Saw Gerrera's Best Scene In Andor Episode 11 Foreshadows His Paranoia In Rogue One

"Andor" has only one episode left in its stellar first season, and it's showing no signs of slowing down. The Disney+ series has time and again broken new ground in telling a "Star Wars" story, creating a moody and atmospheric spy show that happens to take place in a galaxy far, far away. However, upon its initial conception and announcement, there was always the concern that fans of "Star Wars" wouldn't get invested. The reason is that Cassian's character and fate are already pre-determined, as the show is a prequel to "Rogue One: A Star Wars Story," where the show's characters meets his demise. However, rather than letting the preexisting future of its title character be a detriment to "Andor," series creator Tony Gilroy opted to use it to his advantage.

If anything, the story of "Andor" strengthens "Rogue One" as a film, adding more emotional weight to an already strong story. It isn't just with Cassian that "Andor" keeps its great synergy with "Rogue One," either. Saw Gerrera (Forest Whittaker) plays a minor role in the series, leading up to his appearance in "Rogue One." A standout scene from the character in this week's episode engages both the context of the character in the series so far and also lends credence to the character's paranoid nature in "Rogue One." With this crucial scene, "Andor" shows us the true potential of interconnected stories between television and film, not just for the sake of gratuitous cameos to finger-point-at-your-television like Rick Dalton, but to serve the larger story.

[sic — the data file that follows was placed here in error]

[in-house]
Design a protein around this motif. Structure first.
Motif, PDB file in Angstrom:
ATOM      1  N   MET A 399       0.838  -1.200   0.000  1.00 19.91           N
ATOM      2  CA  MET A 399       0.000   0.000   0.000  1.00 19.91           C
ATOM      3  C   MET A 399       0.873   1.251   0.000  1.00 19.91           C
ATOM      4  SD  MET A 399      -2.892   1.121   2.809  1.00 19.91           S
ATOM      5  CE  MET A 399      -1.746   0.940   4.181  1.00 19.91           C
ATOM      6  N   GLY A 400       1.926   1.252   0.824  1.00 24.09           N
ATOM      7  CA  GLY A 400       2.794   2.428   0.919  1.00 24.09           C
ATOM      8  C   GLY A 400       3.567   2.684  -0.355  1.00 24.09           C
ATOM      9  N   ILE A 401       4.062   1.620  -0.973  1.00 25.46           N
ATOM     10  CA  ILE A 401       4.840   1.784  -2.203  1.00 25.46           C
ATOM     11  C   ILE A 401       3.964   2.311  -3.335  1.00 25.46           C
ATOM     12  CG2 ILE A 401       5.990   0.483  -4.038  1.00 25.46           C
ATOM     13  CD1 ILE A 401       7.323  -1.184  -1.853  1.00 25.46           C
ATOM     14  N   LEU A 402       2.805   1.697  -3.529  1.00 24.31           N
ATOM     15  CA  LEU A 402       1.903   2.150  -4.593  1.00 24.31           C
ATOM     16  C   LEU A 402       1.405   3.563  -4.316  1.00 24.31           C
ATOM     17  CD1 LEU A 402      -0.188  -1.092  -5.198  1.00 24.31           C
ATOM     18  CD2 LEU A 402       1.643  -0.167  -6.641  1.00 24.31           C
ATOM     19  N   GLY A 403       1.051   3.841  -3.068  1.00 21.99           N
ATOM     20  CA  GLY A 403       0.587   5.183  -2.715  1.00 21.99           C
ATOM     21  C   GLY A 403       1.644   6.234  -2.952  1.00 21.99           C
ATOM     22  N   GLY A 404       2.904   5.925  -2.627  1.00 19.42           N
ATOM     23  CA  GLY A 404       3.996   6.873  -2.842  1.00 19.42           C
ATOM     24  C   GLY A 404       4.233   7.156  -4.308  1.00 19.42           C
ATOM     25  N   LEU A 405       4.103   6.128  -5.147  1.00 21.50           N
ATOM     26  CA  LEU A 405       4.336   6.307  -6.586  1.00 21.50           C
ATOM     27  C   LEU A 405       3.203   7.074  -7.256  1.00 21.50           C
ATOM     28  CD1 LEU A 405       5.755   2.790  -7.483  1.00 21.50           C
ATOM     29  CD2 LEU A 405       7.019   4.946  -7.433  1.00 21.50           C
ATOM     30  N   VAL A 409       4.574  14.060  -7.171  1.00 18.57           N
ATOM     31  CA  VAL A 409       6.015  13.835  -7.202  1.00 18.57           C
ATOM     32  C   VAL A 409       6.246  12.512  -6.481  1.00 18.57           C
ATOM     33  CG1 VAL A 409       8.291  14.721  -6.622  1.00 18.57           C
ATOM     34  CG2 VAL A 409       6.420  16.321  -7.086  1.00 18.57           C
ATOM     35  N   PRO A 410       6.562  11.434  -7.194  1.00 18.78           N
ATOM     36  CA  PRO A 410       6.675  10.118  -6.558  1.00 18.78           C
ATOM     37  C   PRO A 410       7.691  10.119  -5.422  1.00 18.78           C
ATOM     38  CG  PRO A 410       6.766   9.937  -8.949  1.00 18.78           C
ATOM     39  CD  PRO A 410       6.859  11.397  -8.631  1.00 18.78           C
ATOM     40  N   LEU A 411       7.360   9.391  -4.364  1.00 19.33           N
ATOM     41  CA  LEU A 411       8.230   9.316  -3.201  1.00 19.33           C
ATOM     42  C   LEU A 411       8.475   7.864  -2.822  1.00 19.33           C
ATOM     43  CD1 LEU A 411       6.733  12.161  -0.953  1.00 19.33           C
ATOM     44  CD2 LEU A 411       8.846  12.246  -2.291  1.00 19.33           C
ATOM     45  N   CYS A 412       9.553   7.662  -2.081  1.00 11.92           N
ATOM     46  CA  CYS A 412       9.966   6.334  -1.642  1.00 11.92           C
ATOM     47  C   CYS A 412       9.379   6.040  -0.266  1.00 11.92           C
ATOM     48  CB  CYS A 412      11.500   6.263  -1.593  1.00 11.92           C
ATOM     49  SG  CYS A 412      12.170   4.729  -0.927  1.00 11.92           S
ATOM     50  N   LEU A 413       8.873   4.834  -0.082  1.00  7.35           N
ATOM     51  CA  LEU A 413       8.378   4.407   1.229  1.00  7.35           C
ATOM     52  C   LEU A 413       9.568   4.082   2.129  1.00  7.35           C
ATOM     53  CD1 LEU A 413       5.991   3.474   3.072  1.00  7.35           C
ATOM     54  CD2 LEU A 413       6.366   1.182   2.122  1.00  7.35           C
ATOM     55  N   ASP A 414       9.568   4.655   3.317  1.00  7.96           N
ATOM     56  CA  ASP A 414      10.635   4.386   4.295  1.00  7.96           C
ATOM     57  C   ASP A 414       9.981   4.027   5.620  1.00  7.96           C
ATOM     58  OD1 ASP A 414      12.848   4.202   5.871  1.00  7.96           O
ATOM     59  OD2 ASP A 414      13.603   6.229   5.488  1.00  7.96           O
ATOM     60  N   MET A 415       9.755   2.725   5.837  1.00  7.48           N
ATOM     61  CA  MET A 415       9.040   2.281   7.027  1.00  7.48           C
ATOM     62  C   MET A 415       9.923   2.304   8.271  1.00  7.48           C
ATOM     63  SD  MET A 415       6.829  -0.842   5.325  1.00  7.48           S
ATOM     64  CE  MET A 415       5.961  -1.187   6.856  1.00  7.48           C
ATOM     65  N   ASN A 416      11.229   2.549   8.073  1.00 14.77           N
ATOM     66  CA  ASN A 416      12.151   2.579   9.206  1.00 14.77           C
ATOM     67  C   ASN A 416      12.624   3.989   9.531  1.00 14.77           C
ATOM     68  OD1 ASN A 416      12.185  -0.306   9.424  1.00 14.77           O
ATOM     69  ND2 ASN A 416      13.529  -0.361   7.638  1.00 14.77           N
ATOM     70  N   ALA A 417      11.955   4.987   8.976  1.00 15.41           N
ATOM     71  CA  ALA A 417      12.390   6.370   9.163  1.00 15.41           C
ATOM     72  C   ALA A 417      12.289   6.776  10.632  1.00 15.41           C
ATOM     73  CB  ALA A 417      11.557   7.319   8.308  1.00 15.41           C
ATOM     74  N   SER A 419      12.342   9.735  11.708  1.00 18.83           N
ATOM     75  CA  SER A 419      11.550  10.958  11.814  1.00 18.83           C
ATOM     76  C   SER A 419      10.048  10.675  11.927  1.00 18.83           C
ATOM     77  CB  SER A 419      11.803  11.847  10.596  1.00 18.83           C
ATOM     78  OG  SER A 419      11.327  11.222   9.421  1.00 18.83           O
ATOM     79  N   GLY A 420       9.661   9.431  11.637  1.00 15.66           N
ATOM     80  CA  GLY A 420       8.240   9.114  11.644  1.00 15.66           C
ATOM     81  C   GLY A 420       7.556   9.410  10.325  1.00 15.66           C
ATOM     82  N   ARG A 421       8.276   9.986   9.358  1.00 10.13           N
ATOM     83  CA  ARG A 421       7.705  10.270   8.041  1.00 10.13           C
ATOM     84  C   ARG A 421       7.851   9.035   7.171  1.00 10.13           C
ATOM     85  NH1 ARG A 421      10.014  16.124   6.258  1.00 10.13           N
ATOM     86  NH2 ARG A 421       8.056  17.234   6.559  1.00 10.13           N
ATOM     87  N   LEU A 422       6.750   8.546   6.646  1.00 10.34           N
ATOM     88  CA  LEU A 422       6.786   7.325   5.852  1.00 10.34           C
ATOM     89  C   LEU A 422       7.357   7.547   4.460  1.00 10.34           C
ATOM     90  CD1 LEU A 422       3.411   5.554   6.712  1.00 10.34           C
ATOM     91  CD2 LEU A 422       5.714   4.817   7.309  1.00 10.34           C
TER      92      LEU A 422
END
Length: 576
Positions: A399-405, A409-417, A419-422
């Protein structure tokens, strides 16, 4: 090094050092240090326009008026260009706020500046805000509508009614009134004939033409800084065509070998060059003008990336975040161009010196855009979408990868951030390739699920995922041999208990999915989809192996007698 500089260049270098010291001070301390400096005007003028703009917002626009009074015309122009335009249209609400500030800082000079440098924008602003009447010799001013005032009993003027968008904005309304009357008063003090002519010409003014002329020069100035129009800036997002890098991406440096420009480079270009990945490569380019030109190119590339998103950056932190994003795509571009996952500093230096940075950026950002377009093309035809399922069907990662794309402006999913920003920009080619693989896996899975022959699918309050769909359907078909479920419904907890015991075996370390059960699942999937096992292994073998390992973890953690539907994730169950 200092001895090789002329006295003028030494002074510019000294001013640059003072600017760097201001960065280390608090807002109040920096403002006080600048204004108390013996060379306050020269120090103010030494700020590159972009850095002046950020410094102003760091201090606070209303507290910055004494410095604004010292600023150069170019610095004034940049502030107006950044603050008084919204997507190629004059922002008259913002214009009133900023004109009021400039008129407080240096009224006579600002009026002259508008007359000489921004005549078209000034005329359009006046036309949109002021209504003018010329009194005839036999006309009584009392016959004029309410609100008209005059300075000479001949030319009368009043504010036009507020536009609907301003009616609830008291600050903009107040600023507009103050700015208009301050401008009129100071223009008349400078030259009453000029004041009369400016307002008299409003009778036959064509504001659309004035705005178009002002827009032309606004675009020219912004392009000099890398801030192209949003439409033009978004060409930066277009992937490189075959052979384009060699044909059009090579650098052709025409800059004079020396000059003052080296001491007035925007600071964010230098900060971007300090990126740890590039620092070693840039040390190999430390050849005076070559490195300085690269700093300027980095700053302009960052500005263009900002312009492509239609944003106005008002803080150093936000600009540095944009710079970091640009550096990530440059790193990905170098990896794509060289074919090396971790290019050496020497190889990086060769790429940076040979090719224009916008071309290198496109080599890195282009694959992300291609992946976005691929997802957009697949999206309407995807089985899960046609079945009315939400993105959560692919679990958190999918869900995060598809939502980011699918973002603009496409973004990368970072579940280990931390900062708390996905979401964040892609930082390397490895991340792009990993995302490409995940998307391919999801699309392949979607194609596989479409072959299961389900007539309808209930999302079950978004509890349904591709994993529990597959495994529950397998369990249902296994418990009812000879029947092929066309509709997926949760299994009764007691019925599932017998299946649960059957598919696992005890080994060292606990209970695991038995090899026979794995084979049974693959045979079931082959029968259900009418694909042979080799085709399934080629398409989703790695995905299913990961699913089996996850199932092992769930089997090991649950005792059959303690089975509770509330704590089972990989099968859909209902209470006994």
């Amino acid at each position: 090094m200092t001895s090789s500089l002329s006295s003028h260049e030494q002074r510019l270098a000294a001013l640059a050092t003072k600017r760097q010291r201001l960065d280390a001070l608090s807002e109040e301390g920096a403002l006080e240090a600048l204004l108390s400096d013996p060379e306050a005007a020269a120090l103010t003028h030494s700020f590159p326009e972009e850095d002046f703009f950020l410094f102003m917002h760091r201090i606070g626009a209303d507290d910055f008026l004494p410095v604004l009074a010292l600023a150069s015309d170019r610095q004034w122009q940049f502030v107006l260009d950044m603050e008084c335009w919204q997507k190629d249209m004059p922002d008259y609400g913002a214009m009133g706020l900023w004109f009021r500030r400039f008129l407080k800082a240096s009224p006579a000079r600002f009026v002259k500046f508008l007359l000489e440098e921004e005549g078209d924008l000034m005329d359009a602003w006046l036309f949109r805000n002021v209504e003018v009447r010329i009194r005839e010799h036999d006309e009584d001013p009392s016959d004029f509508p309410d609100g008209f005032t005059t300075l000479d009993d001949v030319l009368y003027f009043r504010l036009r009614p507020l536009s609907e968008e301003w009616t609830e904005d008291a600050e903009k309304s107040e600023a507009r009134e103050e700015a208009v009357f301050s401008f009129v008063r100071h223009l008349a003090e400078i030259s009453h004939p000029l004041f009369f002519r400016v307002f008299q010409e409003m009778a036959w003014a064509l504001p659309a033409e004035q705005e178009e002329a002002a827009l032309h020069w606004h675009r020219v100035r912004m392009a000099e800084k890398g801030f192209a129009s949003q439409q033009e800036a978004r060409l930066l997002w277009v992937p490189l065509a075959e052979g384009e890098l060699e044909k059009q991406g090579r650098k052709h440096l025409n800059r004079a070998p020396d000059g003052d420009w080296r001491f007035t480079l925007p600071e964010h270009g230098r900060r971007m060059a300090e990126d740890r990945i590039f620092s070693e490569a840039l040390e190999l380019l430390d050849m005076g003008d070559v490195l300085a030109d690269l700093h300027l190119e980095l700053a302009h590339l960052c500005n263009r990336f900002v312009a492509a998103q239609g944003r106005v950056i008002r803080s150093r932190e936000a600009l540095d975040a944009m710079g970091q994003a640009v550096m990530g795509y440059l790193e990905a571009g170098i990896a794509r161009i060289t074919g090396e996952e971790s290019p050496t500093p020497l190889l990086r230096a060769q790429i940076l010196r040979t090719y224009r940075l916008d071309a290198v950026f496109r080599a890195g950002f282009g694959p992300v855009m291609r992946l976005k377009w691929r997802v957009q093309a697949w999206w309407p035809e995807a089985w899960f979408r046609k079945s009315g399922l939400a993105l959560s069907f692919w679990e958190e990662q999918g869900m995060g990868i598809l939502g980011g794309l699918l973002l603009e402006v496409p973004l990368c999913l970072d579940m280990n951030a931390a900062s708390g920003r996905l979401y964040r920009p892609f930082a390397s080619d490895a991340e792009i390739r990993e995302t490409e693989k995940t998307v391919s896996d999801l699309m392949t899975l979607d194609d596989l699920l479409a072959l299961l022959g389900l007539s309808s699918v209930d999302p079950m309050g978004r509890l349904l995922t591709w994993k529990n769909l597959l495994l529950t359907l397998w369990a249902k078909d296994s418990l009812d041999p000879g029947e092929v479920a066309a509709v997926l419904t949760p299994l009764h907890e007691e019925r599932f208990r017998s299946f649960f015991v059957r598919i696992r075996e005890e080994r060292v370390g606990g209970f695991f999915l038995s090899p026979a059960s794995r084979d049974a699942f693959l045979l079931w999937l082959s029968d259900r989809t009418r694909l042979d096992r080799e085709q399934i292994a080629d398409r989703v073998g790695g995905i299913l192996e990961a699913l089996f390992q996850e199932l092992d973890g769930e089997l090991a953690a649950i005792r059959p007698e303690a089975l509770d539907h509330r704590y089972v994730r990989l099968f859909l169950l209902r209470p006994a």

A dangerous back and forth

Late into the penultimate episode of "Andor," Luthen Rael (Stellan Skarsgard as the MVP of the series) visits Saw Gerrera to prevent him from aiding a fellow rebel advace after receiving word from his Imperial mole that the Empire is aware of the upcoming attack. In a tense and well-written scene, Luthen ominously rocks Gerrera's world as the soldier realizes that Luthen would go to great lengths to protect himself, the rebellion, and his secrets. In what feels like a shift in character for Saw, Whittaker delivers a fantastic performance, angrily questioning everything Luthen has told him, now unsure if there are moles within his own cell of soldiers. Luthen gleefully plays into Saw's insecurities as the two powerhouse actors go back and forth, with Luthen falsely saying Saw's right-hand man "Two Tubes" is his mole.

This intensely acted and cleverly written scene serves two distinct purposes: First, it highlights the supporting characters of "Andor," showing that the series can create tension and get audiences invested despite having a predetermined outcome. Second, it foreshadows a key character detail for Saw Gerrera in "Rogue One." We know what becomes of Saw, given his explosive exit in the "Star Wars" film, but watching the character slowly develop his distrusting and paranoid nature was an absolute joy.

The best of both worlds

Upon first watching "Rogue One: A Star Wars Story," it's easy to get taken aback by Saw Gerrera's extreme distrust. Despite having valuable information pertaining to the Empire's ultimate weapon, Bodhi Rook (Riz Ahmed) is still tortured by Saw, who uses an alien creature he calls "Bor Gullet" to read Rook's mind. We as an audience didn't need to know why Saw is so distrusting, but "Andor" takes the plot point as an opportunity to exemplify its own story and themes. Everything in "Andor" feels like it's there for a reason, with no wasted space. It's even better for fans who may not have even seen "Rogue One" yet, seeing Luthen and Saw's interactions in "Andor" and watching the character grow into a paranoid extremist in "Rogue One." 

When you have a timeline as extensive and detailed as "Star Wars," it can be very easy to fall prey to being uninteresting, given that most fans already know what direction the overarching story is heading depending on the story's place in the timeline. "Andor" avoids these pitfalls expertly, playing into the stories that came before it to build better its atmosphere and tone. Moreover, the entirely new characters introduced in the show are so well-written, fates of characters like Luthen Rael become new points for stakes and tension. The series feels like the best of both worlds, using and mentioning characters from other series and movies in a purposeful way that moves the story of "Andor" forward.